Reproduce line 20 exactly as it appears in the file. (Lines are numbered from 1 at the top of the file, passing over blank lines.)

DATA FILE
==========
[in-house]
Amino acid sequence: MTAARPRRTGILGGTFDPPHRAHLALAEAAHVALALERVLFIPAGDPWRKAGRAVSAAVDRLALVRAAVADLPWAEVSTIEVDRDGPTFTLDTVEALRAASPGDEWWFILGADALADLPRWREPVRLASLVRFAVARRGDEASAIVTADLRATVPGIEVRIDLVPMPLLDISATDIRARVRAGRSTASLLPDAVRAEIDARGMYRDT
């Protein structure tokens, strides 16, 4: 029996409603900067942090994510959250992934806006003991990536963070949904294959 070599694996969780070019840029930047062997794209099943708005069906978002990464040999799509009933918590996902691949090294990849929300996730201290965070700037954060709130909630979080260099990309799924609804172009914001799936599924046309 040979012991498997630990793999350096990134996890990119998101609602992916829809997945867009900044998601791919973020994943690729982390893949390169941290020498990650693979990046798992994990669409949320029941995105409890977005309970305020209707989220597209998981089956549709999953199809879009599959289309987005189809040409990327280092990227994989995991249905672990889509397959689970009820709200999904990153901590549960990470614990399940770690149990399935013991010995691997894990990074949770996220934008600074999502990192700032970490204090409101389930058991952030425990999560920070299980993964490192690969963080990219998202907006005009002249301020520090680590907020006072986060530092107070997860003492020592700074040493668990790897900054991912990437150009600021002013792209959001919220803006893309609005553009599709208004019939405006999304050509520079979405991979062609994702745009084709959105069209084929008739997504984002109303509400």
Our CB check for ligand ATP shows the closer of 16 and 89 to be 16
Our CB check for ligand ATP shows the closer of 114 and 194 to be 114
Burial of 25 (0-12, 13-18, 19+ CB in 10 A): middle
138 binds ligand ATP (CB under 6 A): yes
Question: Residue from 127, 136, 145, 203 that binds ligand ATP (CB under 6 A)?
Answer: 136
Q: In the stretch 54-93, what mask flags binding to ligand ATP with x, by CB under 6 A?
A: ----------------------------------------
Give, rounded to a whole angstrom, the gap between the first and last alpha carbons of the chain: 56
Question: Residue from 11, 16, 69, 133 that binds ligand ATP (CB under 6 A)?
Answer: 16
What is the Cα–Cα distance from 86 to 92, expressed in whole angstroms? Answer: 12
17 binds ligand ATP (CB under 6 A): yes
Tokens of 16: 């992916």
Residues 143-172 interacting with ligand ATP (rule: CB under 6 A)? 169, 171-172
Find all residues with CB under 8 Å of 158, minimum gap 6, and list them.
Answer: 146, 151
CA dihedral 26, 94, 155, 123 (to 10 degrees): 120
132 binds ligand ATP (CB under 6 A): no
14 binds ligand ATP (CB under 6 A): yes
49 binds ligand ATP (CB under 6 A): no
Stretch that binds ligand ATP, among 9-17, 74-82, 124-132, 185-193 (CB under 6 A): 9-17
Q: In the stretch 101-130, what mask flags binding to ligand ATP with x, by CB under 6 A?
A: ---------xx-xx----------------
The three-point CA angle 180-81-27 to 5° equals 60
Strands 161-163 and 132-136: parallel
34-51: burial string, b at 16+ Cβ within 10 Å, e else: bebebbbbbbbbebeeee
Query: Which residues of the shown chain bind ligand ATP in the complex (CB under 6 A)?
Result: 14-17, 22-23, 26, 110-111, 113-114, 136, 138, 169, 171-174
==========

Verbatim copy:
Answer: 146, 151